The next point I'm pondering is, "Is Sasquatch able to understand what a pointing gesture is/indicates"?  Does anybody know of any evidence in the sighting database that might shed light on that? If is a very important distinction when classifying ape vs. man behavior, but nothing is coming to mind for me. 

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1 hour ago, WSA said:

 

The next point I'm pondering is, "Is Sasquatch able to understand what a pointing gesture is/indicates"?  Does anybody know of any evidence in the sighting database that might shed light on that? If is a very important distinction when classifying ape vs. man behavior, but nothing is coming to mind for me. 

I don't know about a "pointing gesture", but Mr. Howdy, a male Sasquatch seen in Anderson County, Kentucky, has been reported to wave to those he encounters.  He's my avatar. 

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  • Sésquac
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1 hour ago, WSA said:

But wait, you say..."Where is the evidence of BF having the ability to hit a target with any consistency"?  I'd say it is completely able to do that by the evidence that it is able to consistently avoid hitting objects.  How many accounts have we seen where rocks or other stuff consistently landed in a small area, coming very close to the observer, but never hitting them? That takes as much skill and accuracy as consistently hitting the person.

 

I would have to disagree, WSA. The game of tossing bean bags into a hole on a wooden platform is a pretty good example. How many get one in every time no matter their age or dexterity? It is easier and more consistent to MISS than to slide one in, or even more rare, to drop one in as in 'nothin' but net'. Ant that game isn't a high velocity, high distance exercise.

 

1 hour ago, WSA said:

Which is why I agree with those who say if a BF wanted to hit us with a rock, it easily has that capability.  (Only one or two accounts have I read where a thrown object actually hit the observer, and then it appeared only because the object bounced in a quirky way. But hey, even Nolan Ryan had "off" days and even Sasquatch might miscalculate windage/elevation!)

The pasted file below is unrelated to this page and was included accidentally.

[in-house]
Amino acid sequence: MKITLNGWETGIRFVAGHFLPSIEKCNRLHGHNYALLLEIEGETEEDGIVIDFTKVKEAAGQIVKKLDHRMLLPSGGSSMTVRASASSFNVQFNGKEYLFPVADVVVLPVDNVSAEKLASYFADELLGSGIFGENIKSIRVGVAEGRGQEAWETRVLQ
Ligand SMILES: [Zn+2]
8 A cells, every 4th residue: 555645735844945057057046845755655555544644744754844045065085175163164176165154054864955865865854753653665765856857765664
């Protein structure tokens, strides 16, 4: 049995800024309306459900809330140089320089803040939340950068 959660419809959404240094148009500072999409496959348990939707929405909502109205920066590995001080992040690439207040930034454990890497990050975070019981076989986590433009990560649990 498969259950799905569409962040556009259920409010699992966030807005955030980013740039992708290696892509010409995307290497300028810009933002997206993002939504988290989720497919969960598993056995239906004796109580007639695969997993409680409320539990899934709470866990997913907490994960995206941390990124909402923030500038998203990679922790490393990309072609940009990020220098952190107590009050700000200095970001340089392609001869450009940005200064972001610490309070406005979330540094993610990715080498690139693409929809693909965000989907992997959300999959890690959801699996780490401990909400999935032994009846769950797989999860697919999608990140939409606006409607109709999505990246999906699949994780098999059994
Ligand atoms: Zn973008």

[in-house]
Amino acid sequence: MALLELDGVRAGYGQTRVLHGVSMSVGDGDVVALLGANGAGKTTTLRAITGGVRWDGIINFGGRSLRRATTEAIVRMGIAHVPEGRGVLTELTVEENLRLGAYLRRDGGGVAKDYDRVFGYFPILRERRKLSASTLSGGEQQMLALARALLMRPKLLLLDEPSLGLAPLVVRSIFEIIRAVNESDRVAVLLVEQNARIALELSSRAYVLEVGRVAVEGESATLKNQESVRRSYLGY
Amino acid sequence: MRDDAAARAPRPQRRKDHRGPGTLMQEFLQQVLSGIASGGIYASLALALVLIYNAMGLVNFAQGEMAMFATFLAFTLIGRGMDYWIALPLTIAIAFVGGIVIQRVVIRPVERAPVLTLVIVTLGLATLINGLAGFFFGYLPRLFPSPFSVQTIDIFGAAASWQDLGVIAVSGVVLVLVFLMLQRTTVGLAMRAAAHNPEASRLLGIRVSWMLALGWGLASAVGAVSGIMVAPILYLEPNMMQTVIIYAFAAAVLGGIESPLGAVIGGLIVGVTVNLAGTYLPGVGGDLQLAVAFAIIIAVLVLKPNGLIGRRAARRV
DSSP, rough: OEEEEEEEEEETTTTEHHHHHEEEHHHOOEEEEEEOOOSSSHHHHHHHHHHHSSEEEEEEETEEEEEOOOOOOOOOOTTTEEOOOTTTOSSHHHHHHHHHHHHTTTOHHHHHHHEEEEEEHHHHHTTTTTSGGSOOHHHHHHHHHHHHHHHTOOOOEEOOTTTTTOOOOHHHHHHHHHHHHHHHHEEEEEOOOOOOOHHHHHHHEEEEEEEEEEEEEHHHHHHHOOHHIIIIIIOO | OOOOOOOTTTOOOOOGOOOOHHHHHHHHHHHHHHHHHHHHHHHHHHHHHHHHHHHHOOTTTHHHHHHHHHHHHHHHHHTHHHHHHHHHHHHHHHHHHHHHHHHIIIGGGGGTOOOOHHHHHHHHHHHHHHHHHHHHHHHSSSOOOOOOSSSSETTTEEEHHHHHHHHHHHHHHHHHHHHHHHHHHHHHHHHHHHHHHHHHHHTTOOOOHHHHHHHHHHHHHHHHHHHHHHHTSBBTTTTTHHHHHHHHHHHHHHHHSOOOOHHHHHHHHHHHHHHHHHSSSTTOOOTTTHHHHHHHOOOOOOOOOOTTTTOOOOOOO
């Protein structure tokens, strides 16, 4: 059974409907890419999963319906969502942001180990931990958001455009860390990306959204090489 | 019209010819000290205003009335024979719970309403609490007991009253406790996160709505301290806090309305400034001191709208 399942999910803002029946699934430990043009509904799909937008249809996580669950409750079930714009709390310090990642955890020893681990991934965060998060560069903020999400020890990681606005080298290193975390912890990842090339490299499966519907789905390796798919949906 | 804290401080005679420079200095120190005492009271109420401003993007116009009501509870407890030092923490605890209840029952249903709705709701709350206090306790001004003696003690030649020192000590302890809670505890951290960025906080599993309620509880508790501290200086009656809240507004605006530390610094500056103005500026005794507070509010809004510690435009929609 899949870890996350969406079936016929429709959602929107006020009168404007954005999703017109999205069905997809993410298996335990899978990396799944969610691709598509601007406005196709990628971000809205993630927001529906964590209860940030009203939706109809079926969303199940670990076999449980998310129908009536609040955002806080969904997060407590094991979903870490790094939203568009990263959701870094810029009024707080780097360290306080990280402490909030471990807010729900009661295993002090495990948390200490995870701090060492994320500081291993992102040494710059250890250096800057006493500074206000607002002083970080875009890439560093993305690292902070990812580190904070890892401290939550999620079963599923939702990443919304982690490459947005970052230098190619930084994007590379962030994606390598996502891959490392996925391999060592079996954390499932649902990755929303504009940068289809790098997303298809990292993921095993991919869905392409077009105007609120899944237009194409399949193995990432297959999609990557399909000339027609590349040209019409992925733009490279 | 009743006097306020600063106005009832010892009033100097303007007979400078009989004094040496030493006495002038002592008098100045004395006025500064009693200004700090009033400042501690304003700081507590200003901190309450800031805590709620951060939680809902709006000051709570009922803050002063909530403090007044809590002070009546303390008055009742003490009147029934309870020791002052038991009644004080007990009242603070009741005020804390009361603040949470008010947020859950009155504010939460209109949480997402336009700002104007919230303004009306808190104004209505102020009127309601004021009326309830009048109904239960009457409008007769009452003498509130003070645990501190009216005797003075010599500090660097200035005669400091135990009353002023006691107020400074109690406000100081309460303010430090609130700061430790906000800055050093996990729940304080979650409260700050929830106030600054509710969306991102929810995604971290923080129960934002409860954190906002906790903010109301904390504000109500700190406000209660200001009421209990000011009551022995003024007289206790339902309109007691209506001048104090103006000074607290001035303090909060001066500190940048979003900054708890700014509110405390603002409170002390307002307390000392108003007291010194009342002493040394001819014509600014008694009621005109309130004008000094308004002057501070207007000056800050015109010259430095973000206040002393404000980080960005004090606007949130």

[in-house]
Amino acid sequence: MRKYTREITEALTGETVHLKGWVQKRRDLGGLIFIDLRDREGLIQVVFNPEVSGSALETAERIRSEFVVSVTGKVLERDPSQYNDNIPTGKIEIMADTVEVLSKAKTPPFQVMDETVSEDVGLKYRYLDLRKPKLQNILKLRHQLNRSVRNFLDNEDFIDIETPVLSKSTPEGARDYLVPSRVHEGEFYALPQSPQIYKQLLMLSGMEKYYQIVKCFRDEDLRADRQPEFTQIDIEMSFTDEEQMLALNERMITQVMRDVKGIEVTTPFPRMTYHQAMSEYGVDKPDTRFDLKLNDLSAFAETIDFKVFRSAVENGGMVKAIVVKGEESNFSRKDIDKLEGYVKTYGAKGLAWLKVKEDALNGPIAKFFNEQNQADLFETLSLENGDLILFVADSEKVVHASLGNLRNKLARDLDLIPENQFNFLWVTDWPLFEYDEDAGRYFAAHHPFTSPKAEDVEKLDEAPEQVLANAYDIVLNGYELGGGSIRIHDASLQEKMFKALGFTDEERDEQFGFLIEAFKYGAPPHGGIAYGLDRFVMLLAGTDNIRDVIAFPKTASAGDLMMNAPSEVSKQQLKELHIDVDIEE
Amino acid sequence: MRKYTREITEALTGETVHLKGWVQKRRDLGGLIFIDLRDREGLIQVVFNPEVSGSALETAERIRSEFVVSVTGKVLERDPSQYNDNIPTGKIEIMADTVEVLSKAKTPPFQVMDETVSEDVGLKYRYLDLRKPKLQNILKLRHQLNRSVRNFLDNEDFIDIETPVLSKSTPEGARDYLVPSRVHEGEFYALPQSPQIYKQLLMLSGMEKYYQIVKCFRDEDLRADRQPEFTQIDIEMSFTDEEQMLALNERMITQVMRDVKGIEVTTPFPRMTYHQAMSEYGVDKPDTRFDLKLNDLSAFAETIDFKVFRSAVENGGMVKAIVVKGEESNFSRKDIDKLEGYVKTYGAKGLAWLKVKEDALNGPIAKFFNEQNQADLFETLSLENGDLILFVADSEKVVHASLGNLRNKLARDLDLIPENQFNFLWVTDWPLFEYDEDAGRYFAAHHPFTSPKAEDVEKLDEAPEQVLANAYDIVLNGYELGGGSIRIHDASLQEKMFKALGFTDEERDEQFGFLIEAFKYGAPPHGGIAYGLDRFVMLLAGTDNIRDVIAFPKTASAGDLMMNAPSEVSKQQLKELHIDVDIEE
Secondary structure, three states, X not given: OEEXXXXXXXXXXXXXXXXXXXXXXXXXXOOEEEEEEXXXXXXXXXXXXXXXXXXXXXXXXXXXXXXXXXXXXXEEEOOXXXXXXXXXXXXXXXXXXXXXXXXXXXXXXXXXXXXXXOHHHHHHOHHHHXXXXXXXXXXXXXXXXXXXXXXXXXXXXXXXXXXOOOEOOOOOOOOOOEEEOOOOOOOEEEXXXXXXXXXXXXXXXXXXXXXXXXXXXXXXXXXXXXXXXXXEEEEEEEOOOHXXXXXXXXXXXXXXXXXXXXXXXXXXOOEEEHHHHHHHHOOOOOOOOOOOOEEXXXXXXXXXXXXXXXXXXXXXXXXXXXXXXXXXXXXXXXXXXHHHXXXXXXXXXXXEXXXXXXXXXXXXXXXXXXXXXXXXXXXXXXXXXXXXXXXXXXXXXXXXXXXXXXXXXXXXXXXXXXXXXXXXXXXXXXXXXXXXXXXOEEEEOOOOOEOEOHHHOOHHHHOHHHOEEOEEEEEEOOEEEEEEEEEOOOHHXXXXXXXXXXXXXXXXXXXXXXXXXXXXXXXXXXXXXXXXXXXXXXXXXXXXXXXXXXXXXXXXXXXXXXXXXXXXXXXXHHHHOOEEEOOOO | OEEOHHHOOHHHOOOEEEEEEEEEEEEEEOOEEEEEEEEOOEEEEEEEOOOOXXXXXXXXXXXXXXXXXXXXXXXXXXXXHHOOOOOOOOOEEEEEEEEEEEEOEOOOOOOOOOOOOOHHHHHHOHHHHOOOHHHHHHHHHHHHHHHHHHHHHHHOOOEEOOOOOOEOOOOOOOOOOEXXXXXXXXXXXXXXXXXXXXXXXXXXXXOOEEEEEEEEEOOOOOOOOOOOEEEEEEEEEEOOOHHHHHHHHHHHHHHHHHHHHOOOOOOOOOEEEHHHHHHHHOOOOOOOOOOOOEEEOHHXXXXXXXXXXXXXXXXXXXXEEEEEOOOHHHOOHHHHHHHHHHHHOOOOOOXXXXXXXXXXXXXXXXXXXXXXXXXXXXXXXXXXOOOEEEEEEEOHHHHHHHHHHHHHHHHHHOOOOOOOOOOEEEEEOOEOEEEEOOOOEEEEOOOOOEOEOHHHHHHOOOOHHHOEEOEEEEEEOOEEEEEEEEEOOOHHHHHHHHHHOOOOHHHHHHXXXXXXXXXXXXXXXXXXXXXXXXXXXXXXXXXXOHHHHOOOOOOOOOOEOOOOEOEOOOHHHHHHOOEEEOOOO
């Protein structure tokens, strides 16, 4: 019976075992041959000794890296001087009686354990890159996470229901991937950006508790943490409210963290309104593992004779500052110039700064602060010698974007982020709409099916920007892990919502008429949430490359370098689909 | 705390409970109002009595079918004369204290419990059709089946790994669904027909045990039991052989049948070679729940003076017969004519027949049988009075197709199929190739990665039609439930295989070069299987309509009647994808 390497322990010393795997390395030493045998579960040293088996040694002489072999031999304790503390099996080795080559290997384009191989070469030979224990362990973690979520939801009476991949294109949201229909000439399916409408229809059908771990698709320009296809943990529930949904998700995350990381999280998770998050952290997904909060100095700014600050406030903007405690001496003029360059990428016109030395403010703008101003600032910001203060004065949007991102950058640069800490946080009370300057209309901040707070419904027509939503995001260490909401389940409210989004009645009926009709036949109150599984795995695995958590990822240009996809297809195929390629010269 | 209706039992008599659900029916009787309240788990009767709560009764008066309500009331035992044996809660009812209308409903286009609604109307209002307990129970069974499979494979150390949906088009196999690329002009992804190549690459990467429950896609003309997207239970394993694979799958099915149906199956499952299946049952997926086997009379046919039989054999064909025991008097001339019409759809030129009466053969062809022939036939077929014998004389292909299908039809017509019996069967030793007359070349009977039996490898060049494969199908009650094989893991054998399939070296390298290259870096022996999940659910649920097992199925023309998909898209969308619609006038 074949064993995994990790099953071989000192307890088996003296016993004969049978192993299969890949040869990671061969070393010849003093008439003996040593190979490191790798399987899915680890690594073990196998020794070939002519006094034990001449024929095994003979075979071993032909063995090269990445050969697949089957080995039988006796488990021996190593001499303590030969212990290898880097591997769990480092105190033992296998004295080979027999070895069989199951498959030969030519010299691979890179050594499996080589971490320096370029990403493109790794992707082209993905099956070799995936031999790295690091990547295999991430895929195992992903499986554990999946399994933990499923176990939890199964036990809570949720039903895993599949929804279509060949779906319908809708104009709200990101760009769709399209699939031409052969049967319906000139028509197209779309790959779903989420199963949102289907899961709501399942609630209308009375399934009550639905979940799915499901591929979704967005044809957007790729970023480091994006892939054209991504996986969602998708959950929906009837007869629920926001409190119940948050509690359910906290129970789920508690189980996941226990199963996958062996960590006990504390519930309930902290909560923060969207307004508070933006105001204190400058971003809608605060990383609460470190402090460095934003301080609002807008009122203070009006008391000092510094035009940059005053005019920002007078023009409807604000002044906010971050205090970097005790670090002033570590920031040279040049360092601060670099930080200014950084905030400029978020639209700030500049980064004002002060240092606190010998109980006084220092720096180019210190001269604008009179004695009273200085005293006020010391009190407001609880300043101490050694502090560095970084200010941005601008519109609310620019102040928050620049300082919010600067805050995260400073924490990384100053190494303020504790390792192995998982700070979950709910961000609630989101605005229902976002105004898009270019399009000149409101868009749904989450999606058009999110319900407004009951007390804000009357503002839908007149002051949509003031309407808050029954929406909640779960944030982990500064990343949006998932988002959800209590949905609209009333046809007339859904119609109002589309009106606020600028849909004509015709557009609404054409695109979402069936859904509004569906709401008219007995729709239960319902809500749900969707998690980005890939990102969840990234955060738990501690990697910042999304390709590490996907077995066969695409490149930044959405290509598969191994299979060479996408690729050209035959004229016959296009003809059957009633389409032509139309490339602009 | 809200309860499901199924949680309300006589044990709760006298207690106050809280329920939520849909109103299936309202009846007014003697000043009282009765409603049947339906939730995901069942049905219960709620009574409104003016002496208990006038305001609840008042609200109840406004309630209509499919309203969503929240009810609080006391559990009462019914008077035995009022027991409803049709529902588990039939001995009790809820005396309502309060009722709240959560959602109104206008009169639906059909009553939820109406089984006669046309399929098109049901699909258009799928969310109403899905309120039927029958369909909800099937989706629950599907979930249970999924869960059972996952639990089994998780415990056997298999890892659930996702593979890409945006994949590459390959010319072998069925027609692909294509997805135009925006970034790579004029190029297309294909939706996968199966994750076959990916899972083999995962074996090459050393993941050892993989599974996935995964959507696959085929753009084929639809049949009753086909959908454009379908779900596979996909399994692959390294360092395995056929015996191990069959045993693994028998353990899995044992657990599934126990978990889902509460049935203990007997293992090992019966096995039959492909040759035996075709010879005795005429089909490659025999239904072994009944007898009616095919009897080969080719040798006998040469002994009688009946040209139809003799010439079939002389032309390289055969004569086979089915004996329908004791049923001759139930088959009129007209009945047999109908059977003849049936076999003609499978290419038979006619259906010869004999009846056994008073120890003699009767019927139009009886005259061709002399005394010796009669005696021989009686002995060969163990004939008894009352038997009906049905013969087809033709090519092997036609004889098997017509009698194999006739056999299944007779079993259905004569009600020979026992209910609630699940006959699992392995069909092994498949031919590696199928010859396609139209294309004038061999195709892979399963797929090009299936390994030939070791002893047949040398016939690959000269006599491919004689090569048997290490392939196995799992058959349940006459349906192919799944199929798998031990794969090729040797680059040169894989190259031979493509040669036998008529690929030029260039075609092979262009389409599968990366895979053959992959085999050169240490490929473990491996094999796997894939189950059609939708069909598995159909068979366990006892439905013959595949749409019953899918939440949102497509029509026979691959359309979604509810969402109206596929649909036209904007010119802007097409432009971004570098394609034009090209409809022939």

"Easily having that capability" is not synonymous with precision. Only two accounts you say? They wouldn't last a morning in the minors ;) 

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7 minutes ago, hiflier said:

 

I would have to disagree, WSA. The game of tossing bean bags into a hole on a wooden platform is a pretty good example. How many get one in every time no matter their age or dexterity? It is easier and more consistent to MISS than to slide one in, or even more rare, to drop one in as in 'nothin' but net'. Ant that game isn't a high velocity, high distance exercise.

 

 

"Easily having that capability" is not synonymous with precision. Only two accounts you say? They wouldn't last a morning in the minors ;) 

 

 Practice makes perfect, especially if your hungry.      We also have to consider this,  these creatures have been spotted throwing objects at potential prey animals.   

 

 Side note:  I actually have been hit with a rock that came flying out of the woods, about the half the size of a golf ball.  I think it was in late fall 2011 back in Michigan, I had a massive lump on my head for about two days.

 

 In 2009 after my sighting I and my family examined the dead fawn that the sasquatch had been carrying around.   We noted that the very center of the skull was crushed by some kind of round blunt object ( behind the orbital sockets directly over the brain case ).  The sighting took place within a few hundred feet of a large rock pile.     Just a few events that I thought  those reading may consider. 

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  • Sésquac
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26 minutes ago, NathanFooter said:

We noted that the very center of the skull was crushed by some kind of round blunt object ( behind the orbital sockets directly over the brain case ).  The sighting took place within a few hundred feet of a large rock pile.

 

Ruling out a blow to the head by a handheld rock? Or a strong poke with a strong stick? I am not trying to negate the possibility of a rock thrown with accuracy at high velocity, NF. Just figured it better to leave other options on the table a well. Especially if someone didn't actually see the damage being done. It is why I keep asking the questions regarding the relatively widespread huckleberry damage at the  site of these nest-like structures. Because no one actually witnessed the destruction. However, the remnant ends of the plants do tell the story of the destruction even though it does not answer the question regarding the destroyer.

 

 

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1 hour ago, Bluegrassfoot said:

I don't know about a "pointing gesture", but Mr. Howdy, a male Sasquatch seen in Anderson County, Kentucky, has been reported to wave to those he encounters.  He's my avatar. 

 

That would creep me out.